Meadowlarks are handsome and eye-catching birds that are common in grassland and farmland. The male has a predisposition to perch on fence posts and sing his heart out. Our first meadowlark was the Long-tailed Meadowlark (Leistes loyca) in the province of Araucania in southern Chile two days after Christmas last year. We found it sitting on a fence post by a grassy field overlooking Lago Budi while it was serenading. Fast forward 4 months and 11000km to the North on a dusty country road in the outskirts of Camrose. Its the Global Big Day of Birding and we are travelling in a convoy with the birding contingent of the Edmonton Nature Club. On a fence post along a stubble field next to a Hutterite colony (you can see the dark outline of the colony buildings in the background) we spot our second meadowlark species, the Western Meadowlark (Sturnella neglecta). Both species have the characteristic pointy bills and exhibit exactly the same behaviour; weakness to perch on fence posts and the typical meadowlark singing posture where they point their head upwards as they vocalize. Meadowlarks can be found in the Americas and interestingly all the North American species (2-3 species, depending on how you are counting) are yellow breasted while all the South American species (5 species) are red breasted.
One of the stops during our Big Day tour of central Alberta with Edmonton Nature Club was Lyseng Reservoir. This 564-acre site is located approximately 60 km southwest of Edmonton and consists of upland, riparian and wetland habitat. During our Big Day tour we drove along the southern edge of the reservoir, stopping repeatedly as more and more birds appeared. The place was just bursting at the seams with birds. In less than 40 minutes we observed 28 different species, many of which were shore birds (all new to us), but also a handful of raptors (including a Great Horned Owl), a gaggle of different geese species and other miscellaneous goodies. One of our lifers here was the funky looking American Avocet (Recurvirostra americana, Life: #133, AB Big Year: #83) which has the notable distinction of being my first bird ever with an upturned bill. A number of these were wading along the shallow shoreline looking for a morsel to eat. Looking at the recorded observations at eBird reveals that central Alberta is the Northern margin of its distribution. This is a story that seems to be repeating itself. In yesterday’s post a similar eBird analysis revealed that Alberta is at the western margin of the Eastern Phoebe’s distribution (at least in Canada, it seems to go more westward further south). It may be that latitudinally (central) Alberta is the northern margin for many southern species with the American Avocet being one example, perhaps because of the long and cold winters. Longitudinally Alberta appears to be at the western margin of species such as the Eastern Phoebe, perhaps because of the Rocky Mountains are a physical barrier. This is all just a theory though and I have not googled it or consulted any experts. If I am right, however, remember “that is my theory, that is to say, which is mine,… is mine.” (To paraphrase Miss Anne Elk from the Monty Python sketch on Anne Elk’s Theory on Brontosauruses).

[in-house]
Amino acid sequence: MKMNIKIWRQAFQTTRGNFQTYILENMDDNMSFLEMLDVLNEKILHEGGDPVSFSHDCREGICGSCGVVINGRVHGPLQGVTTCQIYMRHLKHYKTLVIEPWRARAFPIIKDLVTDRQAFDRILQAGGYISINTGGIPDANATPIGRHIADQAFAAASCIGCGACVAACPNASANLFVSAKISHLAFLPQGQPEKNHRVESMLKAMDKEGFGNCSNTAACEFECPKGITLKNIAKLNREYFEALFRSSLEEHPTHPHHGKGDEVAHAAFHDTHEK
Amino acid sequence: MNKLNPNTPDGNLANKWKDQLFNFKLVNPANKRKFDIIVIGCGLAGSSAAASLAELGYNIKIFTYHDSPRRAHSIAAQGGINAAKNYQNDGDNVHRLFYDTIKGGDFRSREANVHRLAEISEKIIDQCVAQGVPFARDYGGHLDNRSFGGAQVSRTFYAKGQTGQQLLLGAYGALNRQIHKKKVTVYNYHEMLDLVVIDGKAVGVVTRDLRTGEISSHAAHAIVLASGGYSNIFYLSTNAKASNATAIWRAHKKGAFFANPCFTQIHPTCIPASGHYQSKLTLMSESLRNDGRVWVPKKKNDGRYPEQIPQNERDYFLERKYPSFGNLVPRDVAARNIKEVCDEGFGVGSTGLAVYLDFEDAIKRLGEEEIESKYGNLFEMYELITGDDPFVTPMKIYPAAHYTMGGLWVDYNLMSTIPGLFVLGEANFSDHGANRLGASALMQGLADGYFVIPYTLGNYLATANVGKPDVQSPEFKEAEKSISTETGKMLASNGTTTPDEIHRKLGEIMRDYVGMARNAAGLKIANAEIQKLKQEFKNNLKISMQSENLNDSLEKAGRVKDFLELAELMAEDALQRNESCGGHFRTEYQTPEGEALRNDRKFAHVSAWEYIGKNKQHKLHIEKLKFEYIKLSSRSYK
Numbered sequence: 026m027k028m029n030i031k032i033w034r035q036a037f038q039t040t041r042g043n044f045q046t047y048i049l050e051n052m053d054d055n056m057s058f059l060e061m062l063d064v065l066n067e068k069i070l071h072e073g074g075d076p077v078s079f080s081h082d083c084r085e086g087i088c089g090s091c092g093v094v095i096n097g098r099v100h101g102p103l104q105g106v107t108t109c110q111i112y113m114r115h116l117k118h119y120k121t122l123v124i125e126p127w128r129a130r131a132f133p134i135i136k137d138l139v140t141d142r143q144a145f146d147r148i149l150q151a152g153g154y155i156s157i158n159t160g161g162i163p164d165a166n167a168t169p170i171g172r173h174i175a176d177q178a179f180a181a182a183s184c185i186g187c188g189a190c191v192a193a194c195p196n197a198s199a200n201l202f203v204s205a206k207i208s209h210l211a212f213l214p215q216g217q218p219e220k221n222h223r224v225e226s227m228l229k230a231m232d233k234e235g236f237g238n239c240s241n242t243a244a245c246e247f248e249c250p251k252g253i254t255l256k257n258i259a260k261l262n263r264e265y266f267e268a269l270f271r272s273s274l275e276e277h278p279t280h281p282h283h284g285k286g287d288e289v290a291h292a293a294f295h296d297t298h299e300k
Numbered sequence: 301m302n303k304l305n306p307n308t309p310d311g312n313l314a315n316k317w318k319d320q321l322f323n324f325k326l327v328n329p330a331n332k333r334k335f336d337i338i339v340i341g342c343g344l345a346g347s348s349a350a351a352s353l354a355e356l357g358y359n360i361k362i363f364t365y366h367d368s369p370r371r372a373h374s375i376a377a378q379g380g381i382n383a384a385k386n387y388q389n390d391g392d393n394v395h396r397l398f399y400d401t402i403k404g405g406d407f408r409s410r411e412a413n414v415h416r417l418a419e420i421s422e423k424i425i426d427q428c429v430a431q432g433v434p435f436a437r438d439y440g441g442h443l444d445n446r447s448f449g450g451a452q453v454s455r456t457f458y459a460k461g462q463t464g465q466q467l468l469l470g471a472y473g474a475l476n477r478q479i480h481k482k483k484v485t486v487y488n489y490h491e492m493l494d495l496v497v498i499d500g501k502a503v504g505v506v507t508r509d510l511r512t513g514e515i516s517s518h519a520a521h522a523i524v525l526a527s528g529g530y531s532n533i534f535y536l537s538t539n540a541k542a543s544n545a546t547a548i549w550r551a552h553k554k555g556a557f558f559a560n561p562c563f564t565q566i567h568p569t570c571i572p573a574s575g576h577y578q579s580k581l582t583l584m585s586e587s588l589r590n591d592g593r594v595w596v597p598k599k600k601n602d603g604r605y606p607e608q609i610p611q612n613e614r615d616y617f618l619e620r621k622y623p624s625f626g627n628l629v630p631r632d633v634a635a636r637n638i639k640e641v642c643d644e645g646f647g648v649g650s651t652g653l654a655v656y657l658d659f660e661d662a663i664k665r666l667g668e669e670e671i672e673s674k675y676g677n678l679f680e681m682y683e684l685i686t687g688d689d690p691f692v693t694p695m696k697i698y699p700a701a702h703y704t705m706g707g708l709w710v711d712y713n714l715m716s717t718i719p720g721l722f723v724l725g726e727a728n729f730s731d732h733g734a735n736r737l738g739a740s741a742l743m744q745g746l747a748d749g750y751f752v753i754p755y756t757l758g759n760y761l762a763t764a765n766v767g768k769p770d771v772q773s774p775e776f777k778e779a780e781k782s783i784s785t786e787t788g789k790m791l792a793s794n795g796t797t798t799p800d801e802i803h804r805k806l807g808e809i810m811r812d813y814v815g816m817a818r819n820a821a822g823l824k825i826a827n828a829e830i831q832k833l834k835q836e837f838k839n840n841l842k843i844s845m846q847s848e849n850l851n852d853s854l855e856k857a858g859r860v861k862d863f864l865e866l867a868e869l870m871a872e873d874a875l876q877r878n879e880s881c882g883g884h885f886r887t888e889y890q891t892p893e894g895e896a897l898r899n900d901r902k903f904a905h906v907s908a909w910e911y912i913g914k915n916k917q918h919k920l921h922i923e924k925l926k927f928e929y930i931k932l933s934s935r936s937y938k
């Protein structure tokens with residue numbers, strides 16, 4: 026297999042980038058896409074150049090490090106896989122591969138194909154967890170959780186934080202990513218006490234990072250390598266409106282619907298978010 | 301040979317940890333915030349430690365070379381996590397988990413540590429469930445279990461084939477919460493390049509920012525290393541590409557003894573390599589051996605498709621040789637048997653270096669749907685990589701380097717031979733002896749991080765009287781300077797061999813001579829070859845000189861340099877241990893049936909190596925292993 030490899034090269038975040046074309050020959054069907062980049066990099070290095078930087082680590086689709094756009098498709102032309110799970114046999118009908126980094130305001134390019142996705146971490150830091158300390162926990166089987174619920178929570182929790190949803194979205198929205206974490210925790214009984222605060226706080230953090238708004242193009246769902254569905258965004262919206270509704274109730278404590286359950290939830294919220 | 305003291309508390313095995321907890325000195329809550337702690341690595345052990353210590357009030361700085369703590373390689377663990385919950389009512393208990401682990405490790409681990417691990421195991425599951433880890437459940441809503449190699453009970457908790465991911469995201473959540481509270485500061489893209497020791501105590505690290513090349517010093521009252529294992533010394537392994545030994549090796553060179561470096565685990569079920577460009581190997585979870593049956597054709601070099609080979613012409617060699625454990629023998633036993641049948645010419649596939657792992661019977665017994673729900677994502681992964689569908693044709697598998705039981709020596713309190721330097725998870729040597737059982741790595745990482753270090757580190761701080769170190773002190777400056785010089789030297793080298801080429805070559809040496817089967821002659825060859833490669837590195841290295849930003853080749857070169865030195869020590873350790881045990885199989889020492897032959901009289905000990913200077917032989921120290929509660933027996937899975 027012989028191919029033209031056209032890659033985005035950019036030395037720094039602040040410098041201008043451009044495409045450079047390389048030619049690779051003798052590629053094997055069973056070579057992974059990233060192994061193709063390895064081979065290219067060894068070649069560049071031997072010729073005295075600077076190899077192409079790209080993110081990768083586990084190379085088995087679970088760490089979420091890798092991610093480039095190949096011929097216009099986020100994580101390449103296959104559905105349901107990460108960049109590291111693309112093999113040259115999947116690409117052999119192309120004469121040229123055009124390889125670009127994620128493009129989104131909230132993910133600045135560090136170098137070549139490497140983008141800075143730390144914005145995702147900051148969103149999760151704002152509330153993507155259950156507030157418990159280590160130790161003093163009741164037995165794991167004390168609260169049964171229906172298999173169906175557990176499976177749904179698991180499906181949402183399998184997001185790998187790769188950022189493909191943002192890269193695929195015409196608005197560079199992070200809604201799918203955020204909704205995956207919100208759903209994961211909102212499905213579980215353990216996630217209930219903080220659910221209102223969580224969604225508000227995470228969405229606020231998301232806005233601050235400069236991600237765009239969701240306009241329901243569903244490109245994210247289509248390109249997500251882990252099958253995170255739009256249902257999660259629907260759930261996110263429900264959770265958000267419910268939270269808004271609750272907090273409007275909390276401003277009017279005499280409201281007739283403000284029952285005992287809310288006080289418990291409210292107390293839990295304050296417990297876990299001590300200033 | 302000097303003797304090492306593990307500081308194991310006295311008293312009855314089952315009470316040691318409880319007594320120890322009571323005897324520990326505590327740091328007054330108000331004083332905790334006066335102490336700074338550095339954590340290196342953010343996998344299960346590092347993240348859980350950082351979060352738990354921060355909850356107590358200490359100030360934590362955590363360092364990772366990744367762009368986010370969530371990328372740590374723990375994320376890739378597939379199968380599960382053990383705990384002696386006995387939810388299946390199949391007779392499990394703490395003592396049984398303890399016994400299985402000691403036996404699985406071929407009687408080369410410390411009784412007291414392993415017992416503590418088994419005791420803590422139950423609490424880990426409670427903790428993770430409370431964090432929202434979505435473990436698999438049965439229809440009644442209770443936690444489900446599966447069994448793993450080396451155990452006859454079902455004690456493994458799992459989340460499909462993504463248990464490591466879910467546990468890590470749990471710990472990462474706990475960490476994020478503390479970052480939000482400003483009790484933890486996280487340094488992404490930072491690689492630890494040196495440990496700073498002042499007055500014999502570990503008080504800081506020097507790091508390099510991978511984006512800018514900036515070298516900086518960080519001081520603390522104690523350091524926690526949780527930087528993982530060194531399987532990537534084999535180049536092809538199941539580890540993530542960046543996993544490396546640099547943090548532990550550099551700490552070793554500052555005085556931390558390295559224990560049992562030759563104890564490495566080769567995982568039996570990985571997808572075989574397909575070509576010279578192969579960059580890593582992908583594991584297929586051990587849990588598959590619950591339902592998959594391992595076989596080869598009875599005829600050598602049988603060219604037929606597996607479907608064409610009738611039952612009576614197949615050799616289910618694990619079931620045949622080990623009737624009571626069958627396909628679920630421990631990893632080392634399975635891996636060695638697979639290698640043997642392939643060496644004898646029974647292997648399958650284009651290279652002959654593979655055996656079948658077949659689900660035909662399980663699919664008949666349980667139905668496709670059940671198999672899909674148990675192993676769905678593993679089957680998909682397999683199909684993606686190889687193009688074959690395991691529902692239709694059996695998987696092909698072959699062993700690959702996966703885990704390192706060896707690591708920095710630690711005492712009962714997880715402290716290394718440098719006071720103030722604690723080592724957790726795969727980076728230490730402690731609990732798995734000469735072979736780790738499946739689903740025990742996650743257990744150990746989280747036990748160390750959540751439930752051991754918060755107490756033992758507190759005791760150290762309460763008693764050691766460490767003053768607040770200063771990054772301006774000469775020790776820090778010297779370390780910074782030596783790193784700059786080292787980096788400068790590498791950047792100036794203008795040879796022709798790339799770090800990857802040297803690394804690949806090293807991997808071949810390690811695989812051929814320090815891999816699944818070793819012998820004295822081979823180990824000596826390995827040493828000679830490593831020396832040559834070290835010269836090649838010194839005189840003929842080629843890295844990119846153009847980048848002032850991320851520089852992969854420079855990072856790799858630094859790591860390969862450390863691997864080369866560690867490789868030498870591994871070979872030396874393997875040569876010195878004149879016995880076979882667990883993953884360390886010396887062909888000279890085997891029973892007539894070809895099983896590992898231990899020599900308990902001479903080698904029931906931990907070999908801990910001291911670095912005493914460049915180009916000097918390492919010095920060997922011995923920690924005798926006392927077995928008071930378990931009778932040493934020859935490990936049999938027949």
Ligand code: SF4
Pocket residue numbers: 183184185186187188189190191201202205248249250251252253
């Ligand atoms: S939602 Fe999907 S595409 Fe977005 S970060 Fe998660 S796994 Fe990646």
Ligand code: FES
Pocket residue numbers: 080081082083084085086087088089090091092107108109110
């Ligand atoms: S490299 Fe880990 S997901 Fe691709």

Our last stop of the day during our Big Day of Birding tour with the Edmonton Nature Club was Big Knife Provincial Park about 2 hours drive south east of Edmonton. The whole gang went for a walk through the forest, which was a nice change as we had spent most of the day doing in the car. This small provincial park straddles the Big Knife Creek, named after a fight to the death between “Knife”, a member of the Blackfoot tribe, and “Big Man” of the Cree tribe. I have not been able to find out why there were fighting, but clearly it must have been something of great importance. During our nature walk we found 15 species of birds, including a bunch of firsts (first of the year and first in our life); including the Great Blue Heron (Ardea herodias), Broad-winged Hawk (Buteo platypterus), Eastern Phoebe (Sayornis phoebe), and the diminutive Golden-crowned Kinglet (Regulus satrapa). As we were leaving we came across a Yellow-bellied Sapsucker (Sphyrapicus varius, Life: #145 , AB Big Year: #96) hard at work drilling sap wells high up in a lattice of branches. Unlike other woodpeckers, Sapsuckers do not look for insects to eat in dead trees. Instead they make, and maintain, sap wells and use the sap as their main food source, just like humans utilize the sap from maple trees for maple syrup. These sap wells must be continuously maintained so that the sap continues to flow. It had a rather scruffy appearance, like someone that just rolled out of bed in the morning after a few days without showering. I have been told, however, that that’s how sapsuckers roll it.